Best of lists for 2008 are already starting to pop up. Amazon recently posted its Top 100 of 2008. The surprise at the top of the list is The Northern Clemency, the Booker shortlisted novel by Philip Hensher. The year’s fiction phenomenon The Story of Edgar Sawtelle was fifth, and Millions favorites Neverland and 2666 land at 15 and 24 respectively.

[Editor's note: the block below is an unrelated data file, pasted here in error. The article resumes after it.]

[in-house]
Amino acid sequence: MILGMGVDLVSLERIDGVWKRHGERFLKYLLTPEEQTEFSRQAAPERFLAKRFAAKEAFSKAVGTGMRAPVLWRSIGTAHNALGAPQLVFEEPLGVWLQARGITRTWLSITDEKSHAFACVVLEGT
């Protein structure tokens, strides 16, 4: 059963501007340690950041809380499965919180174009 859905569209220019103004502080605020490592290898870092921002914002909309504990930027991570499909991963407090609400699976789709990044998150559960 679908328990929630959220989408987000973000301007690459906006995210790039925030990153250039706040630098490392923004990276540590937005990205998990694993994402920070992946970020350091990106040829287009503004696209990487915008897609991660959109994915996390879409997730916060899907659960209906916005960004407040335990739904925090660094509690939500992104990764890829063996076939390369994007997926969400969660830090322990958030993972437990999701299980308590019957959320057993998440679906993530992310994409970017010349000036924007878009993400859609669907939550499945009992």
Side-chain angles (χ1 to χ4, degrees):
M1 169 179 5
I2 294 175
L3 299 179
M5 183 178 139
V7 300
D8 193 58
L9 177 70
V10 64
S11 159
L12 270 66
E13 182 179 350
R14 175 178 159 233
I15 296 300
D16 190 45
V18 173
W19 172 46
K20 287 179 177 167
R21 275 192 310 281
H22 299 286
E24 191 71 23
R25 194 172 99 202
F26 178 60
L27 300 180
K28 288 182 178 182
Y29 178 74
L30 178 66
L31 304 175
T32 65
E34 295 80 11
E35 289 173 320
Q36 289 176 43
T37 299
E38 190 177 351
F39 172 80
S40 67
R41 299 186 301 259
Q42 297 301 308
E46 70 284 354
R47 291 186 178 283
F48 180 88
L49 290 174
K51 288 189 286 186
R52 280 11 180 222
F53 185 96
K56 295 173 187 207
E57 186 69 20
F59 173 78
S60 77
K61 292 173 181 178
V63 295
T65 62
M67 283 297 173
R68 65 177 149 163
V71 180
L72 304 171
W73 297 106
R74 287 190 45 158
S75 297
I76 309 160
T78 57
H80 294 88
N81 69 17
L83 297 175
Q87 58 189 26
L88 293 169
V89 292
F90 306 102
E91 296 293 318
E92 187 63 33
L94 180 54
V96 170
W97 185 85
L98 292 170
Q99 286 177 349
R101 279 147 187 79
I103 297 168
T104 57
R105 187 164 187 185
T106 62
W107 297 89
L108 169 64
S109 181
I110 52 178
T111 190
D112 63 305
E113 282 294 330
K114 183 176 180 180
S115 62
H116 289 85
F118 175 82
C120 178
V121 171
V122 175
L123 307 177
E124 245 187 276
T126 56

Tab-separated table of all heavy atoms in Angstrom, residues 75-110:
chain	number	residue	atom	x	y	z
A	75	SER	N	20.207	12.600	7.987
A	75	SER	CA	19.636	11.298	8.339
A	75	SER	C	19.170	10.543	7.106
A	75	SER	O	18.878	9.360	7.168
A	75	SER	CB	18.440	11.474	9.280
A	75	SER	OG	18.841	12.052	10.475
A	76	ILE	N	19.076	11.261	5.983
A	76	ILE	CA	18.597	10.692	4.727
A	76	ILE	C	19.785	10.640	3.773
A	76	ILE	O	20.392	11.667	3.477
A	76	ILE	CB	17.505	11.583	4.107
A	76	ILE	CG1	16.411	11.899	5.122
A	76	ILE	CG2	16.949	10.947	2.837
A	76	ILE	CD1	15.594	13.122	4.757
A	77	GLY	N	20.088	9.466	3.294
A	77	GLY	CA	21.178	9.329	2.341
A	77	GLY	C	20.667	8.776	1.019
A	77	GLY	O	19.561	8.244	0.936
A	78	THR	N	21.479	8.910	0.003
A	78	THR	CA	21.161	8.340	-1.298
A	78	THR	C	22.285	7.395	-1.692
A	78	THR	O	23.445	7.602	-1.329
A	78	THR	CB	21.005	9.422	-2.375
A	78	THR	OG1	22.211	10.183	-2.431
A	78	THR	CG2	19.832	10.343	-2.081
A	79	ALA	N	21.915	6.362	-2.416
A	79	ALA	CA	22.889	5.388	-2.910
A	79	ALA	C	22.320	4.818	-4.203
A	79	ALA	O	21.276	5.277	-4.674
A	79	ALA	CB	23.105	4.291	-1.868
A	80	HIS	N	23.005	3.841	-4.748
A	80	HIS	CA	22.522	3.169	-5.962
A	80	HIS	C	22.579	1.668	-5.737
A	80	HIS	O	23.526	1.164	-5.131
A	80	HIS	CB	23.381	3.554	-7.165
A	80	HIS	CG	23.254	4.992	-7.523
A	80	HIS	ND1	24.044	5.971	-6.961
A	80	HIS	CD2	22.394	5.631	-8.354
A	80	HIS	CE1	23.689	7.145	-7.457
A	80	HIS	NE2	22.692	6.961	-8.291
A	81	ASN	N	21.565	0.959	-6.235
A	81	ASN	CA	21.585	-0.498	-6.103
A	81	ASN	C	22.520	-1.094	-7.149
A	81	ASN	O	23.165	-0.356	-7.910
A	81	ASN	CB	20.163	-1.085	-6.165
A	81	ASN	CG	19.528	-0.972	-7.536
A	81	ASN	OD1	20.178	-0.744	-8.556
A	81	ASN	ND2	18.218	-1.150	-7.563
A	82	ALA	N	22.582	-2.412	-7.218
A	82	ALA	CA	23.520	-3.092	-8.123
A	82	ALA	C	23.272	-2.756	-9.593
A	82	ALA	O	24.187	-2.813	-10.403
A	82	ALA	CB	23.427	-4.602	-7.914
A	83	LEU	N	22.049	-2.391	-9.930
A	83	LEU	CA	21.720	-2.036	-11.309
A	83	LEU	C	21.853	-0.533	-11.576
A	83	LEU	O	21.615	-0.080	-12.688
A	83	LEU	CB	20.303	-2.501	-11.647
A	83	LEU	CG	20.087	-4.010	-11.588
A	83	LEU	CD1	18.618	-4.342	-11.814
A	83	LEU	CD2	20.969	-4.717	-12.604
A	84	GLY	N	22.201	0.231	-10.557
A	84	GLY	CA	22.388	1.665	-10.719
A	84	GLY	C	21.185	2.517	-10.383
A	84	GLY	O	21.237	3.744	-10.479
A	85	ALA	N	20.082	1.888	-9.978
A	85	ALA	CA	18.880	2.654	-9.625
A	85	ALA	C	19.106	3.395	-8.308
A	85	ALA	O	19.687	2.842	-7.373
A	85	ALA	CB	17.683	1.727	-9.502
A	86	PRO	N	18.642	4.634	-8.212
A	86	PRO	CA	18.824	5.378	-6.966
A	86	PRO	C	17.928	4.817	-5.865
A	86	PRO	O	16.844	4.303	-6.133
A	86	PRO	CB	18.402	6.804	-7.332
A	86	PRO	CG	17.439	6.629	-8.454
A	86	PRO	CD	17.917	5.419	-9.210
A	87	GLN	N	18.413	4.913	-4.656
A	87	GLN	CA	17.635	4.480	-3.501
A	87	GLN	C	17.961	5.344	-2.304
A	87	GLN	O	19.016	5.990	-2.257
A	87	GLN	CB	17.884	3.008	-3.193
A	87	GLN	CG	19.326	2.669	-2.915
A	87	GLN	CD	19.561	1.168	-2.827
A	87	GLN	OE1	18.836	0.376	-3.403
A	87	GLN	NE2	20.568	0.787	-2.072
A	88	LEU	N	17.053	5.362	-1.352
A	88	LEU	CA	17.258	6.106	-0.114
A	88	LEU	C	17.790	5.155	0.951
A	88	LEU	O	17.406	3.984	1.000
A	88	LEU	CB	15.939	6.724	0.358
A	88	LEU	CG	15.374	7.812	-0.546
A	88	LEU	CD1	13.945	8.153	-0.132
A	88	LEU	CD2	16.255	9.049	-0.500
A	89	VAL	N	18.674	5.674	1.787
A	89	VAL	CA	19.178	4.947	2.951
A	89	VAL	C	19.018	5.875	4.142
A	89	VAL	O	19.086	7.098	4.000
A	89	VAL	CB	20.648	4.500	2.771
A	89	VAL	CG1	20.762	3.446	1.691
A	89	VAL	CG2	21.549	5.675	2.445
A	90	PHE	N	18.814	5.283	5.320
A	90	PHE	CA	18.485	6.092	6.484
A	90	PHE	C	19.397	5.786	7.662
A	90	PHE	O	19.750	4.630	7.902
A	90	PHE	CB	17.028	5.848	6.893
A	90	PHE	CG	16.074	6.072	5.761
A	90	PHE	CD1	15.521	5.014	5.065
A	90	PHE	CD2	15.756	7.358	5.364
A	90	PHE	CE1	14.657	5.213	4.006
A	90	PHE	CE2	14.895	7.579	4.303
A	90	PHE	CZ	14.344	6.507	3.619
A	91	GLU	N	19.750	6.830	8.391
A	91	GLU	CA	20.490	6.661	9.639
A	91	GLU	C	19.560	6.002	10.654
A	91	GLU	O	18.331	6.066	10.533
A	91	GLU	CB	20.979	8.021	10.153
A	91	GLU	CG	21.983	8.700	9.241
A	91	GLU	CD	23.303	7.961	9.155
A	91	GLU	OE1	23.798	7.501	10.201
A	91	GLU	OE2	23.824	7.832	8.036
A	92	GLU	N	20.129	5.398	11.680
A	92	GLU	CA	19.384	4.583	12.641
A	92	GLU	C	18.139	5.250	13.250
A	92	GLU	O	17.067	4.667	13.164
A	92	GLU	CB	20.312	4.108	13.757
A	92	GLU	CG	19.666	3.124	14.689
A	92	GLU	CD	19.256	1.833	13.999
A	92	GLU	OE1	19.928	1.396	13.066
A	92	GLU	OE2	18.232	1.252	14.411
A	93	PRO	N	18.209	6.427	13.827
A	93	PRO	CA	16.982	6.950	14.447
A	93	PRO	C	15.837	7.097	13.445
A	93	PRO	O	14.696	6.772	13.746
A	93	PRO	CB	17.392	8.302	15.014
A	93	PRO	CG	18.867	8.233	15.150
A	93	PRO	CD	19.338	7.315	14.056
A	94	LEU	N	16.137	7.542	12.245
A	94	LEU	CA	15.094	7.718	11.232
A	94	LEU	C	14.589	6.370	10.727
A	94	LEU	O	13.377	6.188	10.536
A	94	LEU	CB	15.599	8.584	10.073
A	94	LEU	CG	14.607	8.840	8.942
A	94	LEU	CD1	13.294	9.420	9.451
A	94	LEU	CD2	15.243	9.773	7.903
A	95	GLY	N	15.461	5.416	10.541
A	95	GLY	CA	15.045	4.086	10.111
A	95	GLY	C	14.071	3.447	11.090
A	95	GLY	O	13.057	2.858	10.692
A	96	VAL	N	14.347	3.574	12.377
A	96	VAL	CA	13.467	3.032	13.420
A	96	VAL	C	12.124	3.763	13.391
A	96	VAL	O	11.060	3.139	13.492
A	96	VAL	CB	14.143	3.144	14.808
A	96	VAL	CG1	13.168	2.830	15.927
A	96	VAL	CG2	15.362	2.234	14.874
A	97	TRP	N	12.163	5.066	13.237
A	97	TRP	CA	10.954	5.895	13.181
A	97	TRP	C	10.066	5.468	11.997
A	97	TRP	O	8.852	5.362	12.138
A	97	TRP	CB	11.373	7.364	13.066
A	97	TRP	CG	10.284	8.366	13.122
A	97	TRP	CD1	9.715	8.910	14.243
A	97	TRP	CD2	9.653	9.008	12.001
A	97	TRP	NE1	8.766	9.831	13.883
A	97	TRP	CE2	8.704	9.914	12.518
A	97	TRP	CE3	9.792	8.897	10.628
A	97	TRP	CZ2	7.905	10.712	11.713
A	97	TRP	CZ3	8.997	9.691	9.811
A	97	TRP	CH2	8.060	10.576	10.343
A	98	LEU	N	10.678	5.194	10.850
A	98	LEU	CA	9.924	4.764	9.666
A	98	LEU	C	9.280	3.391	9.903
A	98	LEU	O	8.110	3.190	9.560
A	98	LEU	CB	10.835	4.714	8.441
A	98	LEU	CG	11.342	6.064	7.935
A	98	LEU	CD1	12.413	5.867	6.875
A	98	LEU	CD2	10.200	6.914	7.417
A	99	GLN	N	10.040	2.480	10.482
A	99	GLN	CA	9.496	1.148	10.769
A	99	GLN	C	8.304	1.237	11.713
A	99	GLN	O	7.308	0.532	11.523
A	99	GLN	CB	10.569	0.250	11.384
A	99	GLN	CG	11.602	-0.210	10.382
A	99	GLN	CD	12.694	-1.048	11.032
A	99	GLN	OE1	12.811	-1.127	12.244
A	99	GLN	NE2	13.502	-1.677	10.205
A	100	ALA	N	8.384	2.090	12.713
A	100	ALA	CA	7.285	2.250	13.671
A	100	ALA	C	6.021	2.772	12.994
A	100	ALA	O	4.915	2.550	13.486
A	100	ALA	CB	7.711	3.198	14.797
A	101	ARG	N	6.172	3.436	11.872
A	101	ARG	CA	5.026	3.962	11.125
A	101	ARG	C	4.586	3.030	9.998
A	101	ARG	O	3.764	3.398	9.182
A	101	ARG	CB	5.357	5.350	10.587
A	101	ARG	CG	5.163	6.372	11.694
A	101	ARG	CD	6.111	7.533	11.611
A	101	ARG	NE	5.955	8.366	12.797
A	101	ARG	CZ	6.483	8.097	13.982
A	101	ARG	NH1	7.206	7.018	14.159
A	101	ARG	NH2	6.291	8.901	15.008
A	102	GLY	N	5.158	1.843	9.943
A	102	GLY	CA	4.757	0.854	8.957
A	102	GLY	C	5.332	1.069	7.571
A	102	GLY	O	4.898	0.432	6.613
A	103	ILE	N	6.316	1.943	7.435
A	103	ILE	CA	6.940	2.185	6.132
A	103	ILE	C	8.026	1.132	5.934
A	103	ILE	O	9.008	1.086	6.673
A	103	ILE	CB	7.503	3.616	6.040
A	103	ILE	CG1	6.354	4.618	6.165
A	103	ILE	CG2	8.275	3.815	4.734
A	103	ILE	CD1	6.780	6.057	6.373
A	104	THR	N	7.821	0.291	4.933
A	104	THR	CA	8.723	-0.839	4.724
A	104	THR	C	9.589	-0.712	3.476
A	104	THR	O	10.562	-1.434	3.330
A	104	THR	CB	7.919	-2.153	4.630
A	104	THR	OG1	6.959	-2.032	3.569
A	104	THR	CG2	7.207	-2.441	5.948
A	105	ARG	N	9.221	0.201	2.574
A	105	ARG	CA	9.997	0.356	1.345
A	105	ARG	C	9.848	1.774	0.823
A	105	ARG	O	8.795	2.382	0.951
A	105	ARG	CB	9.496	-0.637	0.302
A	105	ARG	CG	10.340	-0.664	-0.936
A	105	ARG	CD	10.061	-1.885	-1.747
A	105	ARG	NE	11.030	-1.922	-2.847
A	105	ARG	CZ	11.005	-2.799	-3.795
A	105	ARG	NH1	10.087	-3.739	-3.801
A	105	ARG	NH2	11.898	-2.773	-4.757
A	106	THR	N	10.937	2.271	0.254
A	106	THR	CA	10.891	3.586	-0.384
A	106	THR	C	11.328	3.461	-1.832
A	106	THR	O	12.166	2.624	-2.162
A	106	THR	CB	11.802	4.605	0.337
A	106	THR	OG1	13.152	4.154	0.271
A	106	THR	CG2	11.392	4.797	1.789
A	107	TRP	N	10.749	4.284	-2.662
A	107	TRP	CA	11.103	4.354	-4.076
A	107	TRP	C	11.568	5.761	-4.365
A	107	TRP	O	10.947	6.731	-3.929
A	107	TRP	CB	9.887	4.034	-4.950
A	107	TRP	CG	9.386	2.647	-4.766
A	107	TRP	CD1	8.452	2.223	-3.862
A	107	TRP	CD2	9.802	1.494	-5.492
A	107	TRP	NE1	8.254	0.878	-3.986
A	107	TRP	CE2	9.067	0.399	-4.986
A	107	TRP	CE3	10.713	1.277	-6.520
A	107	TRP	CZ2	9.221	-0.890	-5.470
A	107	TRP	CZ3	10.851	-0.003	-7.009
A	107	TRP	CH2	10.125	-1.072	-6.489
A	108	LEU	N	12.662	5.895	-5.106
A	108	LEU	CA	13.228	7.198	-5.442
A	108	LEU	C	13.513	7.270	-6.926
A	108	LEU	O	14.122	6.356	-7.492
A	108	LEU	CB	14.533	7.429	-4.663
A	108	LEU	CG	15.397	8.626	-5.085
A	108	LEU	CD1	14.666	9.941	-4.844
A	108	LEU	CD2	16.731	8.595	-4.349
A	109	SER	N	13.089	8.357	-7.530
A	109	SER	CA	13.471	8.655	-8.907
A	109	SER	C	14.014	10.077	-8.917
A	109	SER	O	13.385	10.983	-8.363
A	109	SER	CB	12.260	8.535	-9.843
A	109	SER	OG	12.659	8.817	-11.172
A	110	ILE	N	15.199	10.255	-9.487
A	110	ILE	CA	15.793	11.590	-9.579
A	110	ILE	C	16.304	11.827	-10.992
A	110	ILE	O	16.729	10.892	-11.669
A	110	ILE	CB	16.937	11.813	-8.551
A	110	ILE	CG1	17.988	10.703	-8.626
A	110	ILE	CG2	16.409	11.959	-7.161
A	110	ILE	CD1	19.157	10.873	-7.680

As the 2012 presidential election comes to an end, each candidate’s political and personal life has been vetted, his message honed, and a team of advisers assembled to shield him from any unwanted drama. This list considers those literary political or public figures who would not have withstood much scrutiny in the modern age. In contrast to the predictable quality of even the most captivating political biography, these tales favor the eerie or the bizarre over the electable in their consideration of political life. There is an element of fiction in all successful politics, but these works show the deliriously entertaining distortions that result when fiction (or creative nonfiction) asserts its authority over the political realm. John Cowper Powys’s epic poses the following question: if getting caught with a dead girl or a live boy is political suicide, what does an affair with an endangered, aboriginal giantess portend for a prince about to ascend to the throne? How would Charles Kinbote’s claims about his native Zembla in Nabokov’s Pale Fire hold up in the age of PolitiFact? Ben Marcus’s dystopian allegory-cum-bildungsroman-cum-anthropological study lets us ponder what debate format would best suit Jane Dark, the pantomiming leader of a political party called the Silentists. A Henry James’s story, “The Private Life” asks just what happens to a figure with a preternatural knack for finding a public when nobody is around. Finally, Gertrude Stein’s authorized autobiography of her lover and modernist Paris explores why the military should embrace the avant-garde or risk obsolescence. Each work puts forth a character who, however indelible, remains doggedly unelectable. 1. John Cowper Powys, Porius The time is 499 AD, and for Porius, the prince of a kingdom in Wales, the new century cannot come quickly enough. The Roman authority that installed his clan has long since crumbled, and the realm is threatened by an impending Saxon invasion. The young prince must also contend with a firebrand preacher spreading an aggressive new Christian religion hostile to local customs, a fragile coalition of oft-warring ethnic tribes, a plotting druidical leader, imperious Arthurian knights, and a beguiling sorceress who has infatuated King Arthur’s counselor, Merlin. Oh, and there are also two aboriginal giants lurking about, one of whom Porius, in his most spectacular dereliction of duties (political and marital), pursues over the mountainous terrain and seduces. Hiking the Appalachian Trail indeed. The novel dramatizes one long political and religious crisis, but the most fantastic thing about this fantastical novel is Porius’s sensuous exploration of his private sensations amidst the public chaos. Porius, the “strongest as well as the craziest man” in the kingdom, chooses to ruminate on the nature of the Pelagian heresy or “cavoseniargize,” a Powys neologism for a rapturous state in which “his soul found itself able to follow every curve and ripple of his bodily sensations and yet remain suspended above them.” By the end of the novel, Porius has become a kind of Herculean Lambert Strether, an ambassador who seeks not to impose his will on his roiling domain but rather derive an intensely personal moral from its upheavals. 2. Vladimir Nabokov, Pale Fire “Are you better off than you were four years ago?” As that question is posed repeatedly by each political party, it is perhaps worth musing on how the narrator/commentator of Pale Fire would respond to a similar question after the Karlist Revolution overthrew the monarchy and exiled him from his “blue, inenubliable Zemba.” After all, in Charles the Beloved’s reign, the issues beguiling American politics today were blissfully resolved: “The climate seemed to be improving. Taxation had become a thing of beauty. The poor were getting a little richer, and the rich a little poorer...Medical care was spreading to the confines of the state...Parachuting had become a popular sport.” Granted, this utopia exists solely in the (gloriously) demented mind and “wistful thinking” of a madman, but still, decent healthcare and parachuting as a national sport? Kinbote’s flights of fancy have little to do with some of the more squalid falsifications and misrepresentations to which American politicians resort; rather, as he confides to John Shade, the poet whom he has “saturated” with his Zembla, “once transmuted by you into poetry, the stuff will be true, and the people will come alive. A poet’s purified truth can cause no pain, no offense. True art is above false honor.” (Oh, to hear Kinbote’s account of racing in the Zemblan Marathon!) A noble goal: should leaders lie, at least do it in verse. 3. Ben Marcus, Notable American Women Ben Marcus, at once the guinea pig, greatest hope and greatest disappointment of the warring parents whose narratives bookend his own “secret history of women in American townships,” can remember a time when “historic leaders shouted their hearts out to the world, lecturing feverishly until their bodies collapsed and they died.” Yet by the time Ben narrates his perverse bildungsroman, those leaders, presumably male, have been “shushed,” as has Ben’s father, who is imprisoned in a grave-like cell in the family’s backyard by a cultish group of women, the Silentists. These Silentists, led by the enigmatic, powerful Jane Dark, seek to achieve what they call a New Stillness, to bring about a revolutionary, distinctly feminine, world silence and institute semaphore as the primary form of behavior. The Silentist movement is an anti-populist one, as in Marcus’s world, people (and the language they spew) are the problem; they are “areas that resist light, mistakes in the air, collision sweet spots.” The political solution lies not in appeals to personal responsibility but in a full-throated defense (as much as possible for the Silentists) of government intervention and organizations: The Woman’s National Pantomime Group, The Akron Stillness Center, the Ohio Pillow Talk Council, and the American Naming Authority. The author even recommends that “public money should be used to deploy roving masseurs to careers citizens of our public areas so their bodies might better yield to speech and weather broadcasts streaming from this book.” Now that’s a stimulus. The tools with which they attempt to bring about the New Stillness -- “witness water” that becomes imprinted with certain behaviors, language enemas, a new all-vowel language causing less disturbance in the weather, a chew stand (recommended for every household), daily “wind-ambush baths,” vigorous pantomime -- constitute an absurdist, prescriptive guide for how to revitalize a worn out language, an effort to combat the “failure to traffic language with any newness” and to find, in a new collective behavior, “unprecedented utterances.” Ben is the subject of the Silentists’ increasingly futile experiments to raise a child best adapted to this new world, and the familial struggle at the heart of the novel between deposed father and ascendant mother broadens out over to a larger struggle for political power and over the Logos itself. 4. Henry James, “The Private Life” The tightly plotted ghost story unfolds with mathematical precision under the backdrop of a “great bristling primeval glacier” at a Swiss resort hotel. The narrator and an accomplished stage actress, Blanche Adney, investigate the unusual behavior of two figures: Lord Mellifont, an aristocrat who is all public and had no corresponding private life,” and Clare Vawdrey, a “great mature novelist” who is “all private and had no corresponding public [life].” Vawdrey’s social personality is one of “economy;” his opinions are “sound and second-rate,” he feels comfortable in the “flat country of anecdote,” and he exhibits none of the rare feelings found in his masterful novels. Lord Mellifont, by contrast, “expend[s] treasures of tact” and is marked by a “plenitude of presence.” He seems to exist solely to charm “an immense circle of spectators,” each conversation about him “take[s] the form of anecdote,” and he is less a flesh-and-blood specimen than a “style;” in short, James has created the prototype for “The Most Interesting Man in the World.” The ghostly element of the story is an elegant way to demonstrate the costs and payoffs of each social strategy -- the one frugal, the other profligate. I won’t reveal the twist, but James homes in on the ominously spectral quality of public life, the unheimlich nature of a man who is excessively good at putting strangers at ease: “I had secretly pitied him for the perfection of [Lord Mellifont’s] performance, had wondered what blank face such a mask had to cover, what was left to him for the immitigable hours in which a man sits down with himself, or, more serious still, with that intenser self his lawful wife.” 5. Gertrude Stein, The Autobiography of Alice B. Toklas Midway through The Autobiography of Alice B. Toklas, the narrator notes that Gertrude Stein is “one of the few people of her generation to read every word of Carlyle’s Frederick the Great,” and at the very end of the memoirs, she coyly suggests an alternative title for her work: My Life with the Great. Both details hint at the ambitious, world-historical scope of Stein’s modernism. Stein, the “Mothergoose of Montparnasse” and hostess of the famous salon at 27 rue de Fleurus, is also a general-like leader of the avant-garde. Of course, part of the memoir’s pleasure is reading the gossipy accounts of feuding artists in Paris. In one amusing episode, she diplomatically appeases the fragile egos of her painter-guests at a dinner party by sitting each across from his own picture, which makes them all “so happy that we had to send out twice for more bread.” And yet while chronicling each petty intrigue, Stein is never shy about trumpeting the heroic nature of her modernist project, beginning with the claim that the “three little Matisse paintings” she brought back from Paris were the first modern things to cross the Atlantic. But perhaps more striking are the geo-political implications she sees for the modern. When Stein asserts that “[the Germans] cannot...possibly win this war [WWI] because they are not modern,” she casts herself and the avant-garde as vital to military success as the war cannot leap over the aesthetic; military success is bounded by modernity, and Stein and her set are modernity incarnate. The wonderful scene in which a “spell-bound” Picasso sees a camouflaged cannon rolling down the boulevard Raspail makes this connection explicit: “It is we that have created that, he said. And he was right, he had. From Cézanne through him they had come to that.” Whether Picasso’s aperçu will lead to a joint Pentagon-NEA project is anyone’s guess; regardless, Stein’s alternately blustery and revelatory claims about modernity, national character, military might and literature make for great sound bites: “She realizes that in English literature in her time she is the only one. She has always known it and now she says it.” Gertrude Stein approved this message.